Each company must tune in to its own transparent Channel 9

As a frequent traveler, I've come to appreciate something that United Airlines, alone in the airline industry, offers its passengers. It is a small, but valuable bit of transparency.

As a frequent traveler, I've come to appreciate something that United Airlines, alone in the airline industry, offers its passengers. It is a small, but valuable bit of transparency.

I'm referring to Channel 9 on the carrier's multi-channel audio systems. Passengers can listen in on the voice communications among pilots and air-traffic controllers.

What we hear isn't just jargon-laden chatter. It is a testament to proficiency, as men and women in planes, airport towers, and control centers work with one another to ensure that we make it safely where we're going and, for the most part, on schedule.

More than once, as a United flight approached a destination airport in bad weather, I've felt a higher level of tension in those voices. But the fundamental professionalism of these people has come through much more clearly.

At first glance, Channel 9 has nothing to do with PR or marketing. Look more closely.

When you can give your constituents - customers, suppliers, employees, and more - a deeper look into the process by which you do your business, you invite them to trust you more. This assumes, of course, that you do things professionally in the first place.

The Channel 9 audio inspires a greater sense of confidence in the crews, certainly. A bonus is listening to the air-traffic controllers, who have incredibly stressful jobs and operate with genuine grace. The US government is getting a PR bonus courtesy of United; I wonder if the government's public information folks have taken any lessons.

Why more airlines don't offer the equivalent service is a mystery. (And when a United captain declines to make it available on a given flight, I find myself wondering why.)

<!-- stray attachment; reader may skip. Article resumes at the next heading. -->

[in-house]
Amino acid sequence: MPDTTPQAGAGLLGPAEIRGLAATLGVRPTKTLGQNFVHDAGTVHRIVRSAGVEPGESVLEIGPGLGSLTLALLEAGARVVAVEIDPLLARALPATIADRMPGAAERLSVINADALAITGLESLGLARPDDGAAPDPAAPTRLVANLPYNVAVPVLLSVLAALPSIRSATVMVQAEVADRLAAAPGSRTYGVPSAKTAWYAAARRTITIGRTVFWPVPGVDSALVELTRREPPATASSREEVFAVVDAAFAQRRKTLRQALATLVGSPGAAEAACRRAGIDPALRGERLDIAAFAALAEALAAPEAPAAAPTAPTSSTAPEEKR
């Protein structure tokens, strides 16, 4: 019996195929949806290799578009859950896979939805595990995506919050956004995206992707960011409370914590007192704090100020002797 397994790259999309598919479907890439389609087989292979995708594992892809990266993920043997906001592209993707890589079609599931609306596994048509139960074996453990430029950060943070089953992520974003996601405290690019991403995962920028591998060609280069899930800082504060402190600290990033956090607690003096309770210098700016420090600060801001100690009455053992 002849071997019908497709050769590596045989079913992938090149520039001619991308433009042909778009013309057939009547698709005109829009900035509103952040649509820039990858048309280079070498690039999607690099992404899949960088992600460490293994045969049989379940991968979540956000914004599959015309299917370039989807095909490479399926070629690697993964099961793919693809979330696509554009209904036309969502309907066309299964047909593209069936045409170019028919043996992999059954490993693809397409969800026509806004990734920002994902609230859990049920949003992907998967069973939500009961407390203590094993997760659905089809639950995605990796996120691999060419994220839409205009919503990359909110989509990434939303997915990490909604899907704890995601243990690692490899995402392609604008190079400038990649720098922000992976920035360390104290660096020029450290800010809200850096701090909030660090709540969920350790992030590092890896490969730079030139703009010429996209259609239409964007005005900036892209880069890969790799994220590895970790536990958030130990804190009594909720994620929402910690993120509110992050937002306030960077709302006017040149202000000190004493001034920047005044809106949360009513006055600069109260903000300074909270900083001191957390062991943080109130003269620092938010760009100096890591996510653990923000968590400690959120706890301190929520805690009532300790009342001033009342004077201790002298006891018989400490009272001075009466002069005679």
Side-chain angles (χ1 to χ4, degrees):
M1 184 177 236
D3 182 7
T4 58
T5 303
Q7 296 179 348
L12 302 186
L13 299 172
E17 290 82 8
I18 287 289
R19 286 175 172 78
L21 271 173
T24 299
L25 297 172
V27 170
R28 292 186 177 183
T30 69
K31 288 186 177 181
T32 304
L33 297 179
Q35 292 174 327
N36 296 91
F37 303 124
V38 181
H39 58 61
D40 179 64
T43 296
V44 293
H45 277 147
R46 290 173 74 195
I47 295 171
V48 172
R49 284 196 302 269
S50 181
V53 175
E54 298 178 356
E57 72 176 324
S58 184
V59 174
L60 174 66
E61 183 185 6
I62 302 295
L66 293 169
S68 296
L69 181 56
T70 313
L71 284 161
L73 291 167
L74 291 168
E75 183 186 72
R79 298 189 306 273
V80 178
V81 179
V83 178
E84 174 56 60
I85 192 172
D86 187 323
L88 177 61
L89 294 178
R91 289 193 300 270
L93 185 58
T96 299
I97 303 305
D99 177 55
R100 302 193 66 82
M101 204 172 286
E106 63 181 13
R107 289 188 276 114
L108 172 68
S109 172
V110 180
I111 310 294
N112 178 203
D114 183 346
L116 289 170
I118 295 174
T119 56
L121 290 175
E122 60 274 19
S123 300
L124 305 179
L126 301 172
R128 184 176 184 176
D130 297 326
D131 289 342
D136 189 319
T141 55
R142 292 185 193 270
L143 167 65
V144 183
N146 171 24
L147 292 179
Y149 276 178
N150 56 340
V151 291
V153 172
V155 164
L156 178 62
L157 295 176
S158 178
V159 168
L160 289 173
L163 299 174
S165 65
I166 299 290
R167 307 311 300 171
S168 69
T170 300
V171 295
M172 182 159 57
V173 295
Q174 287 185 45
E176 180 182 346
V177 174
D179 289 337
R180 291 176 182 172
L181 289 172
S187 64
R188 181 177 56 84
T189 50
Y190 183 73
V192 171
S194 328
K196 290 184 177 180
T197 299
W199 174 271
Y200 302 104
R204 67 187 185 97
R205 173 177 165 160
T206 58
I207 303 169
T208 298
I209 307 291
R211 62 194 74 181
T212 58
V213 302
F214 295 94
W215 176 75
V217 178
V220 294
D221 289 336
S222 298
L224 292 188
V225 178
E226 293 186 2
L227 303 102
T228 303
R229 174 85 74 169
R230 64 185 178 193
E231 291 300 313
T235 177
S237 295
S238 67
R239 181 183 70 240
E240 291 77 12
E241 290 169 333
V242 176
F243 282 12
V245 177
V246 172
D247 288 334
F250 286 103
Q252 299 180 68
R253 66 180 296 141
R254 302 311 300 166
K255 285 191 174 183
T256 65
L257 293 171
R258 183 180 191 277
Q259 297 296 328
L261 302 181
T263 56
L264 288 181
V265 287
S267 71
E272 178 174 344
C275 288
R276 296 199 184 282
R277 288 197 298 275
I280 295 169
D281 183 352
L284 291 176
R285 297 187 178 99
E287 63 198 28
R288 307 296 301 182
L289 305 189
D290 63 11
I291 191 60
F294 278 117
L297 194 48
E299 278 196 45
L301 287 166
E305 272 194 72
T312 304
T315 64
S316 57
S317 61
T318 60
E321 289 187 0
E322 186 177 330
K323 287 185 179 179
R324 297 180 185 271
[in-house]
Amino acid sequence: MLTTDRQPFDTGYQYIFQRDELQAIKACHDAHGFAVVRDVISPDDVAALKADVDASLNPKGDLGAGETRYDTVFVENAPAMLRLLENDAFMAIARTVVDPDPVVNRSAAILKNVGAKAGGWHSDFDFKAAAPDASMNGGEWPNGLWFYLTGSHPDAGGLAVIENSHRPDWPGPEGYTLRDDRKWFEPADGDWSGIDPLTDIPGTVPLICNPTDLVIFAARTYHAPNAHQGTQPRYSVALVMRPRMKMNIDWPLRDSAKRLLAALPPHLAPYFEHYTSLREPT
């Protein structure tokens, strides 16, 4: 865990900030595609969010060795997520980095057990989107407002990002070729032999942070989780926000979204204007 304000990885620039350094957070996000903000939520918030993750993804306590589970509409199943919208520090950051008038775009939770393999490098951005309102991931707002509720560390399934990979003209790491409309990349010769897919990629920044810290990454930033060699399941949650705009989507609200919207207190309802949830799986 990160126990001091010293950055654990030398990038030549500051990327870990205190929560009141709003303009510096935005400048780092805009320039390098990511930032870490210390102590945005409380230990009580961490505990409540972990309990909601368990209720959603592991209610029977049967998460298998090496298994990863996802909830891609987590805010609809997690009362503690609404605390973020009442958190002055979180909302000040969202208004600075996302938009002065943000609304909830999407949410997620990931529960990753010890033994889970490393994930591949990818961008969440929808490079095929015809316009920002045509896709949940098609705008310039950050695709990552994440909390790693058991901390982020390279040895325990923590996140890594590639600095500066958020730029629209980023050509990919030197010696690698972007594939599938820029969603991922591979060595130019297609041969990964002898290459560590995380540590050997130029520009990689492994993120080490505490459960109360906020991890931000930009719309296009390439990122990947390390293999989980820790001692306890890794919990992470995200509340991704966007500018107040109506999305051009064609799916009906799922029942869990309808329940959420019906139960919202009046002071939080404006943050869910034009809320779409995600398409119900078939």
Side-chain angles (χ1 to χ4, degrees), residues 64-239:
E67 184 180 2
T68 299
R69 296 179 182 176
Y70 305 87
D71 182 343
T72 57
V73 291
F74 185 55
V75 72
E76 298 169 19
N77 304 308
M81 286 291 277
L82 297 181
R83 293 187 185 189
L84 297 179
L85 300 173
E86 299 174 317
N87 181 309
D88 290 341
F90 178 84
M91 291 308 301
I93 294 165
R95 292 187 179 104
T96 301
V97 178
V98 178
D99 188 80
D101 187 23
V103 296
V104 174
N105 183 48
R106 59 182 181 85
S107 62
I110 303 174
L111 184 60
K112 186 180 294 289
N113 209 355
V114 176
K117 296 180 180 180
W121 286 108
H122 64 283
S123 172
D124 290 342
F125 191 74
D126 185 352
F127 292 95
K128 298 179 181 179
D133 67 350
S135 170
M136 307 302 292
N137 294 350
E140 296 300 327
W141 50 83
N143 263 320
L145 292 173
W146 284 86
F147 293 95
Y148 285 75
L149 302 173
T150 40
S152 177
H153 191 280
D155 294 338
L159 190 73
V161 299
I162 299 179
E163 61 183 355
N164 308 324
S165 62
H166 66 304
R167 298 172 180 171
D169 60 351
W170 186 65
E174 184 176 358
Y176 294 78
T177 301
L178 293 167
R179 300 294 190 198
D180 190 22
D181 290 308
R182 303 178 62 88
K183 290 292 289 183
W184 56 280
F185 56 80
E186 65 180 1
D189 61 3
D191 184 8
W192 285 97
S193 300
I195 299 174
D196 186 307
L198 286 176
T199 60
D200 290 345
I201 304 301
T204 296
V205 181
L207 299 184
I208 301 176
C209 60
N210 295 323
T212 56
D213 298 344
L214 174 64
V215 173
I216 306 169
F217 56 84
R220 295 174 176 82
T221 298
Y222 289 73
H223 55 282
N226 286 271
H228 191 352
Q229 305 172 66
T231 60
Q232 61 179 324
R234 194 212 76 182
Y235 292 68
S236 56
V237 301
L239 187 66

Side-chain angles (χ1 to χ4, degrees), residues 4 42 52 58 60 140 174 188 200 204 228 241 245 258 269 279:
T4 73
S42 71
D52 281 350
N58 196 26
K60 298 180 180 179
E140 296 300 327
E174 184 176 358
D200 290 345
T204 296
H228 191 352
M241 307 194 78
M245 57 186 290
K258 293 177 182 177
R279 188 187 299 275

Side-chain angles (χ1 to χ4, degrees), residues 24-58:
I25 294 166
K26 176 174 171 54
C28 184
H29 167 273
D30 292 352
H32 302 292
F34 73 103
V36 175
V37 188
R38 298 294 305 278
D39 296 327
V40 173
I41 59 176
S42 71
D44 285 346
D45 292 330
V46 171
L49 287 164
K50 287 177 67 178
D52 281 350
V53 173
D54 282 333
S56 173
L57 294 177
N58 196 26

Corporate openness is still something of an oxymoron, but it's gaining. Channel 9 has inspired at least one other company to be more transparent. Microsoft named a part of its developer network after United's audio; the Channel 9 Web site features blogs, podcasts, and videos that open a window into Microsoft's development and developer-support processes.

Every enterprise should have a Channel 9-ish offering, preferably several. A press release, or über-produced video of how a product is made, doesn't qualify.

What does? No enterprise can be entirely transparent. But most can be more open than they are now, and anyone can shine more light on specific areas with little or no risk.

What emerges can't be scripted, which makes it unpredictable and, in some eyes, too dangerous. But in most cases, the risk of a small PR problem could be outweighed by the accrued good will.

Ideally, the openness will invite a broader conversation. We can learn a lot from people outside our organizations because internal opinions can be ingrown.

Again, this can't be universal. Microsoft takes its Channel 9 in directions United can't, such as nearly real-time commentary from outsiders in the comments. As much as I believe in corporate openness, I don't want anyone interrupting the communications between my pilots and the controllers, thank you.

Dan Gillmor is the author of We the Media: Grassroots Journalism By the People, For the People. He is also director of the Center for Citizen Media (www.citmedia.org).

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